Pluto and its Moons
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Click for Live Display showing current positions of Pluto and its moons.
Click for Display showing a replay of New Horizons as it sped through the Plutonian System.
Pluto nearly fills the frame in this image from the Long Range Reconnaissance Imager (LORRI) aboard NASA’s New Horizons spacecraft, taken on July 13, 2015 when the spacecraft was 476,000 miles (768,000 kilometres) from the surface. Click for full story. Credits: NASA/APL/SwRI
Pluto is the second largest dwarf planet after Ceres, and is about 1/6 the mass of the Moon. It has an diameter of 2370km and is made of rock and ice with a thin atmosphere of nitrogen, methane and carbon monoxide. It has a temperature of around -230 degrees C.
Its 248 year elliptical orbit occasionally takes it inside the orbit of Neptune. However the orbit remains stable because it orbits exactly 2 times for every 3 orbits of Neptune. The orbit is also inclined by 17 degrees to the plane of the ecliptic ensuring it remains distant from Neptune.
For more information on the moons see our Plutonian System page.
Pluto has five moons, the latest of which is Styx which was discovered in 2012 in a Hubble space telescope image. The largest Moon is Charon (1200km diameter). It is so large (12 percent the mass of Pluto) that it is forms a binary system with Pluto in which both objects orbit about each other every 6 days. The other moons orbit around both Pluto and Charon. The outer moons are quite small - between 10km to 100km diameter - and orbit with periods of (generally) less than a month.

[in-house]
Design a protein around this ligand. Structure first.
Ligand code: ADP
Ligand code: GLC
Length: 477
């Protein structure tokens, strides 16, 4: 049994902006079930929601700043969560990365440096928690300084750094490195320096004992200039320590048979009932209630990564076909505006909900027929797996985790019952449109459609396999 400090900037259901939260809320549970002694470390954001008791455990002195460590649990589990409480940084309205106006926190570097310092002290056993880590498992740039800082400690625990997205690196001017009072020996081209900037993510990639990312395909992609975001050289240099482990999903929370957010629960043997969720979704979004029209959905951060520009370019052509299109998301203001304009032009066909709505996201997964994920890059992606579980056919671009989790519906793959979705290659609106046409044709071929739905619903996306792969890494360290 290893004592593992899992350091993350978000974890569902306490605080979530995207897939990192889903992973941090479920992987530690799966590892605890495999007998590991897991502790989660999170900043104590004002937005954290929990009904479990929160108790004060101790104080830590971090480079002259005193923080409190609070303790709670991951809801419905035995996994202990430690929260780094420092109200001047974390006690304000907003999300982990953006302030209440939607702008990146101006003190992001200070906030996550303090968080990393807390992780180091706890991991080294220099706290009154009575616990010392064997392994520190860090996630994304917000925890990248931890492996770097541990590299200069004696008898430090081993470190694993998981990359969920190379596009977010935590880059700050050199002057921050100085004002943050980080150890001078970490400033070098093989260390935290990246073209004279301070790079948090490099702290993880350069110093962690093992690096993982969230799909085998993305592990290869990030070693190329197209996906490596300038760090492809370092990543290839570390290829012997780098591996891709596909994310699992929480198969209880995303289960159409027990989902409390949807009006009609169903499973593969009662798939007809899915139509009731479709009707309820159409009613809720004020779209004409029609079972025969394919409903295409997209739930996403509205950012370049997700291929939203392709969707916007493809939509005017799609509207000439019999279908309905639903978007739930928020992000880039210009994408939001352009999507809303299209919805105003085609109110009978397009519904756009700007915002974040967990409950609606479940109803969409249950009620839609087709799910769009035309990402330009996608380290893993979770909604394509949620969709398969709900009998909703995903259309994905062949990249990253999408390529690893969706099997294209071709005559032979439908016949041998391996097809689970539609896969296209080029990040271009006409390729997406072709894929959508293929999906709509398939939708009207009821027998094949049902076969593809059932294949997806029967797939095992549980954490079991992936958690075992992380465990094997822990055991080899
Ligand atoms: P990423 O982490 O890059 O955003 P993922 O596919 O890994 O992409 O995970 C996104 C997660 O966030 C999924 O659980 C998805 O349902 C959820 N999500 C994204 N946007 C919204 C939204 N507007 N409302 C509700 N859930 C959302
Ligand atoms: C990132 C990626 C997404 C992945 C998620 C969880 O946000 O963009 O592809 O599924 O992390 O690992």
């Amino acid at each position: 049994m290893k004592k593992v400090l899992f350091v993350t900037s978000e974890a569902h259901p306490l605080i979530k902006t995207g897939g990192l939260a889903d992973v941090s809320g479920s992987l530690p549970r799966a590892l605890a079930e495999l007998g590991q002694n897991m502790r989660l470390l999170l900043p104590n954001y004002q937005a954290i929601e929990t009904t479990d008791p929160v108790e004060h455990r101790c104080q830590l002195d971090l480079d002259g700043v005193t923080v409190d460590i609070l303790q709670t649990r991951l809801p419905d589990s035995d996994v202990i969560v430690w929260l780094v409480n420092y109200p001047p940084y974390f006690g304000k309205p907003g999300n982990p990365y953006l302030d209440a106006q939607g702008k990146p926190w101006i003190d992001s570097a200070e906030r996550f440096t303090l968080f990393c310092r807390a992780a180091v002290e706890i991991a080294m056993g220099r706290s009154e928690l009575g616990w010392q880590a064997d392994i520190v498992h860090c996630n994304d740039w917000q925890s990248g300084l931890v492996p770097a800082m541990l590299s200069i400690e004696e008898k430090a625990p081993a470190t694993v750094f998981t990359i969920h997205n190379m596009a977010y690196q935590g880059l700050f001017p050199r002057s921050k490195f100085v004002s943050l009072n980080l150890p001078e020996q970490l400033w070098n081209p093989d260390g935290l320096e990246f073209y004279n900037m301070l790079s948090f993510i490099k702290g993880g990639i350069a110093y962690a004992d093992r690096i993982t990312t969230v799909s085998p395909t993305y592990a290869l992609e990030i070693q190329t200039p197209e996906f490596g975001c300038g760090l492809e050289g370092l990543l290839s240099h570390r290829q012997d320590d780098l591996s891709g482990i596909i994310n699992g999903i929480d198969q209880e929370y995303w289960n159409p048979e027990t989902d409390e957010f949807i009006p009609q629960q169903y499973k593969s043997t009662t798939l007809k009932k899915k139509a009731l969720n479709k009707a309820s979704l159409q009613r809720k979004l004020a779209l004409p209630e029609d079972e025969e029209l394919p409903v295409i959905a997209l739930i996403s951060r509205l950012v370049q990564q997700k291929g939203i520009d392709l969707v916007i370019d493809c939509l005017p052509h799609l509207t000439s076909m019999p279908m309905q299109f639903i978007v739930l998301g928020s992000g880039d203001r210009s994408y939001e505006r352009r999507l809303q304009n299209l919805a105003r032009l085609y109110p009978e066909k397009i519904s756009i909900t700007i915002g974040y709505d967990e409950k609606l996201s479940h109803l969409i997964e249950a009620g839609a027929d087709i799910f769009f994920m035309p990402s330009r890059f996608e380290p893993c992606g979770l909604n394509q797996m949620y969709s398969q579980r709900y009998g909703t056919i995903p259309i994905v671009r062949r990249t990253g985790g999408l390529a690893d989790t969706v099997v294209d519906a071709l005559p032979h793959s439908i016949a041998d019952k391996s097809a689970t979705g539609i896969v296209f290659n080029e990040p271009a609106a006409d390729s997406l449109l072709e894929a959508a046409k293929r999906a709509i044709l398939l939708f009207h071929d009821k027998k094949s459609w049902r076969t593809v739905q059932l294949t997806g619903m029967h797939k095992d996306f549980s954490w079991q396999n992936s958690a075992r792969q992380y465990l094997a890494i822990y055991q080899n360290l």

Pluto and Man
Pluto is of course the most well known dwarf planet because of its previous classification as the outermost planet of the solar system. Rather like Ceres before it, it has suffered because of the number of similar objects now discovered in the same region mean that it can no longer be thought of as one of the major planets.
Pluto was discovered by Clyde W. Tombaugh on the 18th February 1930 after a long search for "Planet X" which was thought to exist due to perturbations in the orbit of Neptune.
It was initially thought to be as large as Neptune but as better observations became possible its estimated mass was constantly reduced until , in the 1970s, it was found to weigh less that 1% that of the Earth.
The name Pluto, after the god of the underworld, was proposed by Venetia Burney, an eleven-year-old schoolgirl in Oxford, England, who was interested in classical mythology. She suggested it in a conversation with her grandfather Falconer Madan who passed the name to astronomy professor Herbert Hall Turner, who cabled it to colleagues in the United States. It was then chosen after a vote against other candidate names. Listen to Venetia here.
Pluto was visited for the first time ever by the New Horizons spacecraft which reached its closest approach on July 14, 2015. Scientific observations of Pluto began 5 months before closest approach and continued for a month after the encounter.